The Welsh Assembly has rejected Theresa May's Brexit agreement in a symbolic vote in the Senedd.
Finance Secretary Mark Drakeford said the deal fails to meet the "fundamental interests" of Wales and the UK.
Labour AMs backed a Plaid Cymru proposal to oppose the deal after a row over the Welsh Government's stance. 34 AMs backed the text, with 16 against.
The Tories accused Plaid and Labour of trying to undermine the original EU referendum result.
AMs discussed the proposed withdrawal agreement in a two-hour long debate in the Senedd on Tuesday.
But the Labour-led Welsh Government was criticised for tabling a motion for a vote that did not give a clear view against the deal.
Following the debate, Labour AMs abandoned most of their own government's wording and supported instead a Plaid Cymru amendment that was more strongly opposed.
The vote, which calls for the UK to stay in the EU's single market and customs union, stands as the official view of the assembly but is not binding on the UK government.
It comes on the same day the prime minister suffered three Brexit defeats in the House of Commons.
By James Williams, BBC Wales Brexit correspondent
The Welsh Conservatives had called the Brexit debate a "pantomime".
By the end of play, the discussions would perhaps be better described as a bit of a farce for the Welsh Government.
First Minister Carwyn Jones had said for months that it was important for the assembly to send a clear statement of its position on Theresa May's Brexit deal ahead of the "meaningful vote" in the House of Commons.
So, it came as a bit of a surprise when the Welsh Government's motion for the debate, whilst critical of the deal, did not explicitly reject the UK-EU agreement.
On top of that, the motion said there would be another opportunity to debate the deal when considering giving legislative consent to the UK government's forthcoming Withdrawal Agreement Bill. But the assembly's legislative consent may not be needed.
The Welsh Government motion was clearer, I'm told by a source, when first drafted. Then it become less clear after a special Welsh Government cabinet discussion, and then less clear again after the Welsh Labour group got its hands on it.
One Labour AM described the final motion as "bizarre" and "inelegant". Another party source called it "clunky" before a third said: "That's what you get when you decide things by committee."
Labour minister Mark Drakeford told the debate that Wales would be "better off remaining in the European Union".
He said: "I hope this national assembly will send a clear message this afternoon that the deal which has been negotiated by the prime minister is unacceptable."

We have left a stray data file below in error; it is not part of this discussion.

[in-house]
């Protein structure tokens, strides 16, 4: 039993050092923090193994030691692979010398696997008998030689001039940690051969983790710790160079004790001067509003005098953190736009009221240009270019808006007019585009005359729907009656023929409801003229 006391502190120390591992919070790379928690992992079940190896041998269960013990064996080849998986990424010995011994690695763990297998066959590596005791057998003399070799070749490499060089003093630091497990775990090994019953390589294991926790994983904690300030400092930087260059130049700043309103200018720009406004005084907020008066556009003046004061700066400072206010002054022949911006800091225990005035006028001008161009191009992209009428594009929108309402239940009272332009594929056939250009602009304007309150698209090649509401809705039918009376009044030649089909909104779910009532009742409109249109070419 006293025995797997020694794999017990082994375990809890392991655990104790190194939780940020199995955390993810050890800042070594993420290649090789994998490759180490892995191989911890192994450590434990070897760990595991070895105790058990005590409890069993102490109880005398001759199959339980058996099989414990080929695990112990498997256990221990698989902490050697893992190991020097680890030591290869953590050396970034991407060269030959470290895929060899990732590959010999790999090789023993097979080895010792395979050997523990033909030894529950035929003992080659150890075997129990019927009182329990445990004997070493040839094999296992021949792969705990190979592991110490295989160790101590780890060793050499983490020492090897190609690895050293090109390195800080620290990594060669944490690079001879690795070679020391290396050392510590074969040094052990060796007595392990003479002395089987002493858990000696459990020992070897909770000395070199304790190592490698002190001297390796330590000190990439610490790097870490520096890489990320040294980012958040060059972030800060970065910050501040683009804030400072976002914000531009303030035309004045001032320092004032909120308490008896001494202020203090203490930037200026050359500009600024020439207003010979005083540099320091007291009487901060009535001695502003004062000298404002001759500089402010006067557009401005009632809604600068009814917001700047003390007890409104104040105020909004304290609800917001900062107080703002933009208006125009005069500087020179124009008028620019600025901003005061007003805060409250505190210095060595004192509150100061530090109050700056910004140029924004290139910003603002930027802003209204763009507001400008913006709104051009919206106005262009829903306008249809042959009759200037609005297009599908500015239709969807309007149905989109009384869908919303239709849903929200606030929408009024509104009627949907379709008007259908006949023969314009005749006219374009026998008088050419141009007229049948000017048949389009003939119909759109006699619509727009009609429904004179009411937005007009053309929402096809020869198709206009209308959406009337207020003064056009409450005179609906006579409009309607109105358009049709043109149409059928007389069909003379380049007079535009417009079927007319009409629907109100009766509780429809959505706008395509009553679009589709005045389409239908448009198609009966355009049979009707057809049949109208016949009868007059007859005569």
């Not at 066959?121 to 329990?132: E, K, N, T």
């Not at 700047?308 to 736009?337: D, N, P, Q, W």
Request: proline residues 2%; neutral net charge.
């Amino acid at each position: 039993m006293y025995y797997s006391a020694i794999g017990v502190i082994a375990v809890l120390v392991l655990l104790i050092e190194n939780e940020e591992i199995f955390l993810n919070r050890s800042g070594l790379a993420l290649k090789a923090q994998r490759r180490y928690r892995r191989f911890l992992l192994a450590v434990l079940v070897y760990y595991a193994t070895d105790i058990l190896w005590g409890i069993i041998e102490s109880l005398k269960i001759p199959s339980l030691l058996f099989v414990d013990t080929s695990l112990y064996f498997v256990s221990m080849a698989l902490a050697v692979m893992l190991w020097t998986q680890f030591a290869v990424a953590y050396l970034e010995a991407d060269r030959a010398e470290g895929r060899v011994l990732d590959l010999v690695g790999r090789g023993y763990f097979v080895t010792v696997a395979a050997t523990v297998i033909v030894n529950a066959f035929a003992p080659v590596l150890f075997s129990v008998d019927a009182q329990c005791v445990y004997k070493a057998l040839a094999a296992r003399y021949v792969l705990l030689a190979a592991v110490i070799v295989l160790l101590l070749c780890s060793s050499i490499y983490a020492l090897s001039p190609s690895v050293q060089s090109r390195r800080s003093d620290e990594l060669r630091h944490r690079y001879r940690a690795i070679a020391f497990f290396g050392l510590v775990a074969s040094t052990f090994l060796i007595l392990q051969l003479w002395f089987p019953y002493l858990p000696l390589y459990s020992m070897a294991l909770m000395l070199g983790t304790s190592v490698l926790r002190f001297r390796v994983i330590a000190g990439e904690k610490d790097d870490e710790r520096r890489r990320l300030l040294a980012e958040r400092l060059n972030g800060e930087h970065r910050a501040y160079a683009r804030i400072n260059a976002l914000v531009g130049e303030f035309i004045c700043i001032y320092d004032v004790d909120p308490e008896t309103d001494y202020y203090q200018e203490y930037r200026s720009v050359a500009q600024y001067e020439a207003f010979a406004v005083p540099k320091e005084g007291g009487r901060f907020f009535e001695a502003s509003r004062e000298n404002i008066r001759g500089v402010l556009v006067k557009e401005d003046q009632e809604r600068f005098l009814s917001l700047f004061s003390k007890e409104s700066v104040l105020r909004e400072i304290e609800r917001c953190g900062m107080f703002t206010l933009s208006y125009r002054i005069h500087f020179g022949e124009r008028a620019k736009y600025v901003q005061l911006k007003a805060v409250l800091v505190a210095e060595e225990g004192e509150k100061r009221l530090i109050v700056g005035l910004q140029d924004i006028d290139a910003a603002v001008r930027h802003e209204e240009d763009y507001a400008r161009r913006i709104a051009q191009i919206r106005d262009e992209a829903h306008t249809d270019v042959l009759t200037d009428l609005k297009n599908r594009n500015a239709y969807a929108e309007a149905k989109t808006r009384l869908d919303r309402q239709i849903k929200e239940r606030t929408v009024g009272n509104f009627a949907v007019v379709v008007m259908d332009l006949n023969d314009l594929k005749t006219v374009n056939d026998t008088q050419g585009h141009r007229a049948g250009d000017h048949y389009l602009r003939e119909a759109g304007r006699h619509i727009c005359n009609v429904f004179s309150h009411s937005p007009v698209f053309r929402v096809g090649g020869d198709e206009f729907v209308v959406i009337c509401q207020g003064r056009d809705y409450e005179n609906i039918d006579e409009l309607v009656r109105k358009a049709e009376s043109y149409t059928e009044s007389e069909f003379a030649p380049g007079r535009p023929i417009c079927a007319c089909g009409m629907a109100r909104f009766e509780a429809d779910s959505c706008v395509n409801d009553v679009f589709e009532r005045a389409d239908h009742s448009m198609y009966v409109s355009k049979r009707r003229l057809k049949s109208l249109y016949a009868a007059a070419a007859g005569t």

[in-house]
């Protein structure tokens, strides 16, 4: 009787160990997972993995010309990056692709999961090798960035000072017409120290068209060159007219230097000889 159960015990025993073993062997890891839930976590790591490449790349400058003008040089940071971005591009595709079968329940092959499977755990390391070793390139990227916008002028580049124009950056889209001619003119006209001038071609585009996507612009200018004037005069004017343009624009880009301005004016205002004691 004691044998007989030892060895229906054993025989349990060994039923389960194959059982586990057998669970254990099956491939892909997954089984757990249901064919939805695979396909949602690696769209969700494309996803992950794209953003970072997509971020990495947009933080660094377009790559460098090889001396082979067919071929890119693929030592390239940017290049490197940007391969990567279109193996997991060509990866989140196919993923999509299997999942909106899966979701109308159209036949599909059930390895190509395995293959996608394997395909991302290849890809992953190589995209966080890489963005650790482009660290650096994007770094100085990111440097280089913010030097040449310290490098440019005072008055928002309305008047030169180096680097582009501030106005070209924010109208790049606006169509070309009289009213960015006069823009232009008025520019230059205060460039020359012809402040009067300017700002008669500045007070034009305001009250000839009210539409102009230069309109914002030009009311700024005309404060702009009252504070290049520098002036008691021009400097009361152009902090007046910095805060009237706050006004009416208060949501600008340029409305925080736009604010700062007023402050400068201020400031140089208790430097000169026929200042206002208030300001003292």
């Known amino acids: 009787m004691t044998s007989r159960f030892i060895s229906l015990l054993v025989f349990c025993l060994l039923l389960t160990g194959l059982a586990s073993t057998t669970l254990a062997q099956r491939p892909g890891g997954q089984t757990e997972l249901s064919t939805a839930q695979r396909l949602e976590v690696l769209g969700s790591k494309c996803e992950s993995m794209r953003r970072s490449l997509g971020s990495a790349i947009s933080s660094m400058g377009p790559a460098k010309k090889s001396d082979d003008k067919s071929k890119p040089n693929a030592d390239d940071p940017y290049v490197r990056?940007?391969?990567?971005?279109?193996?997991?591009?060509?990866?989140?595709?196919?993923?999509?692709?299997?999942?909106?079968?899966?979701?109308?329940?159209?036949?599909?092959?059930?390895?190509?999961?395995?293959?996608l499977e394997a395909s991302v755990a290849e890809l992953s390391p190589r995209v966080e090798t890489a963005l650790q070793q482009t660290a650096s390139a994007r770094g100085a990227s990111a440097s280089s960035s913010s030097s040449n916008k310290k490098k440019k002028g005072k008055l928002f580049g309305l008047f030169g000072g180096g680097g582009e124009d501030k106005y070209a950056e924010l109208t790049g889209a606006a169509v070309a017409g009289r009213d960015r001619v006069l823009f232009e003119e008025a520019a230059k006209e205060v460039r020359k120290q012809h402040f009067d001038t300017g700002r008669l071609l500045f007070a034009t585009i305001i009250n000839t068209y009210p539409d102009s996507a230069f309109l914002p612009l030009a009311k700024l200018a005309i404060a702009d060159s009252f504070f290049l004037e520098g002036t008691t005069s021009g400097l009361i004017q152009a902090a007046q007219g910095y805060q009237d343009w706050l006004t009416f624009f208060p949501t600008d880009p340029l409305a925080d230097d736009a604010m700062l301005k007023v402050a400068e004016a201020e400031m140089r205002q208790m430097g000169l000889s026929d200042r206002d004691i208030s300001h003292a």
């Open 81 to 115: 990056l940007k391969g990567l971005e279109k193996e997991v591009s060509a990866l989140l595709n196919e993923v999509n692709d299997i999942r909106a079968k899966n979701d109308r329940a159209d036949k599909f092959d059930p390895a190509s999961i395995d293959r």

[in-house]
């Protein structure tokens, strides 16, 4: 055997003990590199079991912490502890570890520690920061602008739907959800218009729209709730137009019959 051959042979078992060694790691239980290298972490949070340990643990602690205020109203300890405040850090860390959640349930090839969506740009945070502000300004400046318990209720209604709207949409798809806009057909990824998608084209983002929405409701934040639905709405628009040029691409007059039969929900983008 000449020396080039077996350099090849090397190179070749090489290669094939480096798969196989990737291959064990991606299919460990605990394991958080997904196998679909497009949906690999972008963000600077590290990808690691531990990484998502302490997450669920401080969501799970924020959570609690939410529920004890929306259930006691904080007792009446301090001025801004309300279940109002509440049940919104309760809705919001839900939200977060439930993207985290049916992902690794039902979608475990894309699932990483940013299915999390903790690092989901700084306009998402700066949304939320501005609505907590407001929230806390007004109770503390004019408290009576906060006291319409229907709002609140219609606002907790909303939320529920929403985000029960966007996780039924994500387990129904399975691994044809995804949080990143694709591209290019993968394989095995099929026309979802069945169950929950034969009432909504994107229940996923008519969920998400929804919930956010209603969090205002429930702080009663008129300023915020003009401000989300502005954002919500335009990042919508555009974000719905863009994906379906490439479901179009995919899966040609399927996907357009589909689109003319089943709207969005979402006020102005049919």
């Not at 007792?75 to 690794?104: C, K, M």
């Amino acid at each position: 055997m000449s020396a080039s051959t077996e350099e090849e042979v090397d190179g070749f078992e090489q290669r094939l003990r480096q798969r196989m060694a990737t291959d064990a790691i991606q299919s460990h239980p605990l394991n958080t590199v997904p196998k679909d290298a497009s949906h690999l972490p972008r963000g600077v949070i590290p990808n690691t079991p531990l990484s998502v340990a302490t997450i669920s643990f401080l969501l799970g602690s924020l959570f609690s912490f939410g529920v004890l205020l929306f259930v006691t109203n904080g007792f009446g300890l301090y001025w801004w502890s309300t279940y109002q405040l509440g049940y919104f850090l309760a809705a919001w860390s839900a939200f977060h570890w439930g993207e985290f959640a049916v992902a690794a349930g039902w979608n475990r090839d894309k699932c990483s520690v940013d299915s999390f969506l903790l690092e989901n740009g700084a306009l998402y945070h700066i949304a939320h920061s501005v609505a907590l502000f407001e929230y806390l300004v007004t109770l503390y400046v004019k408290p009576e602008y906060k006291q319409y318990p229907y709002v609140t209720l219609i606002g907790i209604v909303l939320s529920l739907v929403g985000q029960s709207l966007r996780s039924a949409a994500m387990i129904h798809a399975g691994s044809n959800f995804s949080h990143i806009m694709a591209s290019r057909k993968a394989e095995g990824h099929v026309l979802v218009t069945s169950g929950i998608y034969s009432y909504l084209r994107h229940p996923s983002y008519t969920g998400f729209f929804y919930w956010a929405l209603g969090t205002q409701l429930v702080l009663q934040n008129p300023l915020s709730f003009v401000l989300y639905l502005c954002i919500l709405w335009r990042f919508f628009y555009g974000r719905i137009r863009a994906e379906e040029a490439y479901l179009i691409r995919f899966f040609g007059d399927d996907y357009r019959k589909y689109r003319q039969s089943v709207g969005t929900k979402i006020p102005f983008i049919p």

Conservative and UKIP AMs opposed Plaid Cymru's amendment.
Senedd Tory Leader Paul Davies argued AMs should back the agreement because "the clock is ticking, and this is the only deal on the table".
Mr Davies said: "The irony is that Brexit has a greater legitimacy and a bigger mandate from the public than this Welsh Government, which seems to me is trying to overturn it."
"The Brexit referendum was undoubtedly divisive. If this division and uncertainty goes on unchecked it threatens our economy and public services," he added.
Leave supporter and UKIP AM Neil Hamilton made a pro-Brexit case against the deal, saying the agreement does not respect the 2016 EU referendum result.
Mr Hamilton said: "In fact it is, in political terms, a national humiliation. A capitulation, which has given the EU everything and actually given the UK nothing."
UKIP's pro-Brexit anti-deal motion only won five votes, with 44 opposed.
The withdraw agreement includes a short "political declaration" on the future relationship with the EU.
Plaid's Brexit spokesperson in the Welsh Assembly, Steffan Lewis, said both should be opposed.
"My conscience tells me that the deal on offer is so potentially damaging to the communities we're elected to represent that neither the withdrawal agreement or the political declaration deserve the support of this Parliament," he said.
His party leader Adam Price said: "We are glad that Labour answered our call to work together at a cross-party level by accepting our important amendment, which means that the Senedd has tonight spoken with a clear voice to say that we do not support the prime minister's Brexit deal."
The motion passed on Tuesday called for a general election or a further referendum if the UK government cannot get its deal through the House of Commons.
A Plaid motion that more clearly called for a referendum failed to pass, despite support from Lib Dem AM Kirsty Williams, and Labour AMs Lynne Neagle and Joyce Watson.